The Art of Doing Things Alone

You’ve been told that doing things alone is synonymous with loneliness and depression, a symptom of a miserable life. That couldn’t be further from the truth. Doing things alone is not sad — it is liberation.

Photo by Lee Scot from

You’ve seen it in movies and YouTube video essays, read it in blogs, newspapers and magazines, heard it in podcasts and on the radio. The story of lonely characters, wandering the city alone with a drab colour palette and a sombre soundtrack. They go to the movies alone, to the restaurant, maybe even to a crowded party, while being utterly miserable. And you feel sadness on account of their dreary and empty existence. You’ve seen this so many times that it is likely that when considering doing things by yourself you end up not doing anything out of the negative emotions associated.

We have all been conditioned to hate ourselves, so that we can buy as many things that attempt to make us whole. We have been conditioned to correlate being alone with loneliness, to associate never being by ourselves with total social success. What kind of life is that, where in order to do something we must always be attached to someone else? What kind of life is this, where we must refuse to have a life unrelated to anybody else in order to appear less of a failure? There is no great conspiracy, but there is certainly a lot wrong with how society has come to perceive being alone and how it has forced us into a standard of socialization that simply does not fit many of us.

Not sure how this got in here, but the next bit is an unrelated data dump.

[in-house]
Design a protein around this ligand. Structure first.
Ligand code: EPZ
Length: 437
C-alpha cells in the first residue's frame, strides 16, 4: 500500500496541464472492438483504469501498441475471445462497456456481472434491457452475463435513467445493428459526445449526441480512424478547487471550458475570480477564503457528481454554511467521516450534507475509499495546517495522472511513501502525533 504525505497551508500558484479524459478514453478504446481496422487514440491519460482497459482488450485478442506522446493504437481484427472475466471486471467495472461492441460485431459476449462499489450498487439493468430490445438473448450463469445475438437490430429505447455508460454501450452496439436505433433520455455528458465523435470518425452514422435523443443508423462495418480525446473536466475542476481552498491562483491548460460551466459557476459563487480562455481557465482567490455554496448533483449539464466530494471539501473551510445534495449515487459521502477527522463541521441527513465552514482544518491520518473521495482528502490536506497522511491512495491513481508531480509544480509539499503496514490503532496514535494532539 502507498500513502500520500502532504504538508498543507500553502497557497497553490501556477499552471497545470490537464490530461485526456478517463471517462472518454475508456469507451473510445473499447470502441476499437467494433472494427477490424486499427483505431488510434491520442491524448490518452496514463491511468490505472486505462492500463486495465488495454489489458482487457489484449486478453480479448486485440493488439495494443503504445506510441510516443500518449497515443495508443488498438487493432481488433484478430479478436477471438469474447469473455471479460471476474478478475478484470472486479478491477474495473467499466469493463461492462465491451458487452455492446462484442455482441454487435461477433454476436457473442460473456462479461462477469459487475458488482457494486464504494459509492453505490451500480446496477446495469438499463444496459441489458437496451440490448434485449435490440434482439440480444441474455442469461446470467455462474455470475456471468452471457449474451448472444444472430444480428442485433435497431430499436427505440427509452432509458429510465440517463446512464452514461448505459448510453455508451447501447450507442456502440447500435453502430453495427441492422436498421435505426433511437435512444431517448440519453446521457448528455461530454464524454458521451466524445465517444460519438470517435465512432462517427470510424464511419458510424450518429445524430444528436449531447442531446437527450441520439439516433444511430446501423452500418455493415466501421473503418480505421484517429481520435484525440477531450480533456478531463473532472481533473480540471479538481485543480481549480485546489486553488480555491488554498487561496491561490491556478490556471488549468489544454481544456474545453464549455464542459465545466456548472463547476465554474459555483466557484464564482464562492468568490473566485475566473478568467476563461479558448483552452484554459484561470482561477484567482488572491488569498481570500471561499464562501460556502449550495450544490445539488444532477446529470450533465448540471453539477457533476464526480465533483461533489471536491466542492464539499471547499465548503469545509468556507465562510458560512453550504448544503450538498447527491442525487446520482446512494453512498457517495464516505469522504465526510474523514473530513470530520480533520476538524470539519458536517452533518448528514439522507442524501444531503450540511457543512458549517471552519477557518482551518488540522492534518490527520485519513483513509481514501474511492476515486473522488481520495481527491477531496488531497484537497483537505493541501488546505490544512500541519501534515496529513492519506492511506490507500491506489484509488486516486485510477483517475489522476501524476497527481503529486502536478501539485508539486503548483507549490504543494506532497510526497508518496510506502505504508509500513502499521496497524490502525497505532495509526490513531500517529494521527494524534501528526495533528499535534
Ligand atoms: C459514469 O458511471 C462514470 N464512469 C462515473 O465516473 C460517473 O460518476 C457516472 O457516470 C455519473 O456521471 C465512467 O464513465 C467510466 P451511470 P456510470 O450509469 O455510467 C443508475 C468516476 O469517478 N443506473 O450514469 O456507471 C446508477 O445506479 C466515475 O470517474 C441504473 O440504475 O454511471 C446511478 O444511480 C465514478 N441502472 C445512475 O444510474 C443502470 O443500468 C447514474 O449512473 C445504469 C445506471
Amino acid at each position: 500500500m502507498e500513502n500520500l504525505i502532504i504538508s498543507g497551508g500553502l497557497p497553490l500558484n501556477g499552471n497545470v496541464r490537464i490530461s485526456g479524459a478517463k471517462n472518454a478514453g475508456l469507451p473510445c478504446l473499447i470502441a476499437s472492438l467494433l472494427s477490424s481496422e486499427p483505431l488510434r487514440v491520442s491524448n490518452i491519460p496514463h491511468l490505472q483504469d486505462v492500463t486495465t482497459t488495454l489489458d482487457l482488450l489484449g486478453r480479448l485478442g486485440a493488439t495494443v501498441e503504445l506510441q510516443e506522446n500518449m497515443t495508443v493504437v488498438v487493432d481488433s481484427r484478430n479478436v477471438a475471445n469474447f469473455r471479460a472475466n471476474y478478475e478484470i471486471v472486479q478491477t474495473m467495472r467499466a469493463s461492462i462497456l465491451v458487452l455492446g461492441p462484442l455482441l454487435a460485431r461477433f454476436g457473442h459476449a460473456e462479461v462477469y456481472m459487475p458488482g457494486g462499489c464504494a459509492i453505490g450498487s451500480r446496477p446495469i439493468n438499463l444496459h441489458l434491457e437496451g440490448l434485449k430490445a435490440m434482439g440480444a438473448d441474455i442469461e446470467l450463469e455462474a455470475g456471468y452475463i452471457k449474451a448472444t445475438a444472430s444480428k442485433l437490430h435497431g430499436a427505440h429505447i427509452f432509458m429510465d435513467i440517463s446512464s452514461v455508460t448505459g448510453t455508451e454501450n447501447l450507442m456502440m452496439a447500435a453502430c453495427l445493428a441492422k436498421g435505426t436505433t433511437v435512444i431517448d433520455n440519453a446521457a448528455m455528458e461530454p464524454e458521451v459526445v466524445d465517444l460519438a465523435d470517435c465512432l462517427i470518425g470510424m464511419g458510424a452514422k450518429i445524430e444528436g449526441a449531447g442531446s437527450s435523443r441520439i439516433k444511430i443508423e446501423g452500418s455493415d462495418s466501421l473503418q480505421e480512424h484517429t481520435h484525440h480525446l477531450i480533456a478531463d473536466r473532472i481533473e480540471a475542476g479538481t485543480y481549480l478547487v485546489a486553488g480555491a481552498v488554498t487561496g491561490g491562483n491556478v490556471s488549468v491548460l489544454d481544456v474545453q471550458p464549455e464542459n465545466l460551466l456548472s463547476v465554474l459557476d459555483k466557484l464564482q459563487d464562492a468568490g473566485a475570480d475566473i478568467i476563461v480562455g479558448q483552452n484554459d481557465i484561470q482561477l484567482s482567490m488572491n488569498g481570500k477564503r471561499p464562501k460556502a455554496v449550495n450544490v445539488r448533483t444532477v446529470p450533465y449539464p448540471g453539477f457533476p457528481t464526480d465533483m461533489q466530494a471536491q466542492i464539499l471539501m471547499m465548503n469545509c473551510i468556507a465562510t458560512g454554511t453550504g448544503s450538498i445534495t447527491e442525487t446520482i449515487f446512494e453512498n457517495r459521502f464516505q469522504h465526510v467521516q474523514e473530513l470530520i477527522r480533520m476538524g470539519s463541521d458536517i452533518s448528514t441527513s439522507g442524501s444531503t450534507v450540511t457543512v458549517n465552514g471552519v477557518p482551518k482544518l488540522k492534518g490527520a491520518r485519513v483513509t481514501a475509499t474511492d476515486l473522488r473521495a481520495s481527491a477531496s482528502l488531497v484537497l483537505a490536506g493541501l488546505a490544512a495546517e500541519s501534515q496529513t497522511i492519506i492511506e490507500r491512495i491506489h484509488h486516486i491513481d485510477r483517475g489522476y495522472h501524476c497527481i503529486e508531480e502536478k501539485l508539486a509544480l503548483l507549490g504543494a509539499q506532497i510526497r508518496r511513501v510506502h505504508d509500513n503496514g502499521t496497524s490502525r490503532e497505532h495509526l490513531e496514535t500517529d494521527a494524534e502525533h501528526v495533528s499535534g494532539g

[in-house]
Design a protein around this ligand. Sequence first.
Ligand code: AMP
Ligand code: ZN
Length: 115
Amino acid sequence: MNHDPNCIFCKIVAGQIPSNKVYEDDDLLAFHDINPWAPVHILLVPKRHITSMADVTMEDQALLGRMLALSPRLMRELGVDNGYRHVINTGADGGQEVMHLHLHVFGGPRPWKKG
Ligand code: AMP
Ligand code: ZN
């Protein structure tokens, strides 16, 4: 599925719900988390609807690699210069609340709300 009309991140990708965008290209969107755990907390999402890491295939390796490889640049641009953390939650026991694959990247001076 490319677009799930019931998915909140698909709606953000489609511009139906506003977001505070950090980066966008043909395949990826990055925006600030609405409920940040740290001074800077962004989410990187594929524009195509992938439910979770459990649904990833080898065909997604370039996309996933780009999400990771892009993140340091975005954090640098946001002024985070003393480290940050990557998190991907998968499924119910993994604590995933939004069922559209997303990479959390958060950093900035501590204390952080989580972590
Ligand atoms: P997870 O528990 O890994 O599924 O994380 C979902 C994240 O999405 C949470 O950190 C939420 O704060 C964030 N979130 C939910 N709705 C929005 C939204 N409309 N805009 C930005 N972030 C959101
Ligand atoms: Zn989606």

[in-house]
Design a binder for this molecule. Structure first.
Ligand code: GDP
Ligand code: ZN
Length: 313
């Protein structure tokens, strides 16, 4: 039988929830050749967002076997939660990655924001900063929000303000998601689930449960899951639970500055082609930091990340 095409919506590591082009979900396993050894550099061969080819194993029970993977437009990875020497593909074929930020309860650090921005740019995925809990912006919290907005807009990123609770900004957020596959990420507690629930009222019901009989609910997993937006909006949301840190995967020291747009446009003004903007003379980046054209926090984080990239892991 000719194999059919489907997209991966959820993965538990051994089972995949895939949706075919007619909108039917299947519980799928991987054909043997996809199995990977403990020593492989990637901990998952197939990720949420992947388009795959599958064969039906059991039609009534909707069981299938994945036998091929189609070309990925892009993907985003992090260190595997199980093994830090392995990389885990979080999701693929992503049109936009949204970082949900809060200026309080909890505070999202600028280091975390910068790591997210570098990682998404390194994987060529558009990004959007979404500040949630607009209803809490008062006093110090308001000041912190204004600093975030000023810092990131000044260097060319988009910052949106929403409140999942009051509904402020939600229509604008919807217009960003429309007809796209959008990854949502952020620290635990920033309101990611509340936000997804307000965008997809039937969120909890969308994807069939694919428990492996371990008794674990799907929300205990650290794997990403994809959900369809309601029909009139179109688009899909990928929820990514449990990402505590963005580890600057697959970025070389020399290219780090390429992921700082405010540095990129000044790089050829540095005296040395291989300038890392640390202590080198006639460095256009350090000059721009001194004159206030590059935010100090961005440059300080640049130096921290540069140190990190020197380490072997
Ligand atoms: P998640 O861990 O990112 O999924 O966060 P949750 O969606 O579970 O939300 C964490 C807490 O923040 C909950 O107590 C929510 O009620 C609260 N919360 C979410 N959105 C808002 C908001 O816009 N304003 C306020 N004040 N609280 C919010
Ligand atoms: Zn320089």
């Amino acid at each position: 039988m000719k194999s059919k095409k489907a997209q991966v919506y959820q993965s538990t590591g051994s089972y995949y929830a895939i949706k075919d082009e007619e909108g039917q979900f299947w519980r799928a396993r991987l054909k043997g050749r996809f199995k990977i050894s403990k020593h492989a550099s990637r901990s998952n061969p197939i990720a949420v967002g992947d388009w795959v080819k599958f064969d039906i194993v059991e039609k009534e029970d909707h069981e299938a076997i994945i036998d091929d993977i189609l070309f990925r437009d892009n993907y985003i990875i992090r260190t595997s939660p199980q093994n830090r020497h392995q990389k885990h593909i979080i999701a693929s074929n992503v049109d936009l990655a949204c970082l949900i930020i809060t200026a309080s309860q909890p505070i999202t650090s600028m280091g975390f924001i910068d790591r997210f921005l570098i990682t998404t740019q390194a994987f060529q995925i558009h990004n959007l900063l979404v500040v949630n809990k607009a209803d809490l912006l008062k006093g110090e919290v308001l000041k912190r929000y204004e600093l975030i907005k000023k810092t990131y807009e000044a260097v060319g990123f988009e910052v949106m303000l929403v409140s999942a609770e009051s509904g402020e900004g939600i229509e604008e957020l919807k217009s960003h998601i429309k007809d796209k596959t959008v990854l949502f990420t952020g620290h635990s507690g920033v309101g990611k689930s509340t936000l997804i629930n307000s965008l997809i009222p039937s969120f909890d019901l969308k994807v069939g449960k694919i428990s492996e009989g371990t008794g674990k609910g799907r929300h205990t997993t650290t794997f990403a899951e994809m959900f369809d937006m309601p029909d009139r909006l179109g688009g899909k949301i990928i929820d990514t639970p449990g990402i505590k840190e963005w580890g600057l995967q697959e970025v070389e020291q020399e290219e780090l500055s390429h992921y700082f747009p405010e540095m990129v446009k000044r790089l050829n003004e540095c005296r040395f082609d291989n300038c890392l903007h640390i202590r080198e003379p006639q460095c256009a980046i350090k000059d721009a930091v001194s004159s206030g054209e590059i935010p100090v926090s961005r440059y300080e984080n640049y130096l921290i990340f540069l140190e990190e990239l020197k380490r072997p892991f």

We are social beings, that much cannot be denied. But we are also individuals. Unique sets of cells and molecules that are unlike all others. There is no one-size-fits-all solution to anything in life, and that also applies to how much we need to socialize and how much alone time we require. One thing is certain, many of us could use more of this time. Some go as far as to totally reject the hypothesis of being by themselves, refusing to do anything if not accompanied by someone else.

We shouldn’t need witnesses to prove our happiness and well-being. If we cannot be satisfied with just ourselves and require others to tell us that all is fine, then all is not fine. This is not to say that we should become exiles, alien to everyone else, but we each have a unique internal equilibrium of social and personal time and, for many of us, the personal side of the scale is gravely underweighted.

We need to be alone. We need to learn to be happy alone, or at the very least content. If we cannot enjoy doing the things we say we enjoy just by ourselves, can we really say we enjoy doing anything at all? If we need others to save us from the precipice we are already too far down. We cannot hide in the crowd. We cannot hide from ourselves. We cannot hide from ourselves because only we hold the key to our own understanding, to our personal meaning. These things exist. They may not be God-given or ascribed by destiny, but they exist. If all we do is hide in the crowd we will never step out of the shadow of the others.

Go to the movies alone. Go watch that movie you truly want to watch. Go on a walk by yourself (as long as its safe). Go to a restaurant and eat your favourite meal alone. If you don’t know which one that is, then search for it. In the process, search for yourself. It isn’t sad to do these things alone. Sad is to need others to do the things you want to do, to be the person you want to be. There is nothing wrong in being alone.

There is nothing wrong in being happy alone, because only then can you truly be happy.

Part-time poet, full-time dreamer. I write in search of meaning, whatever that means.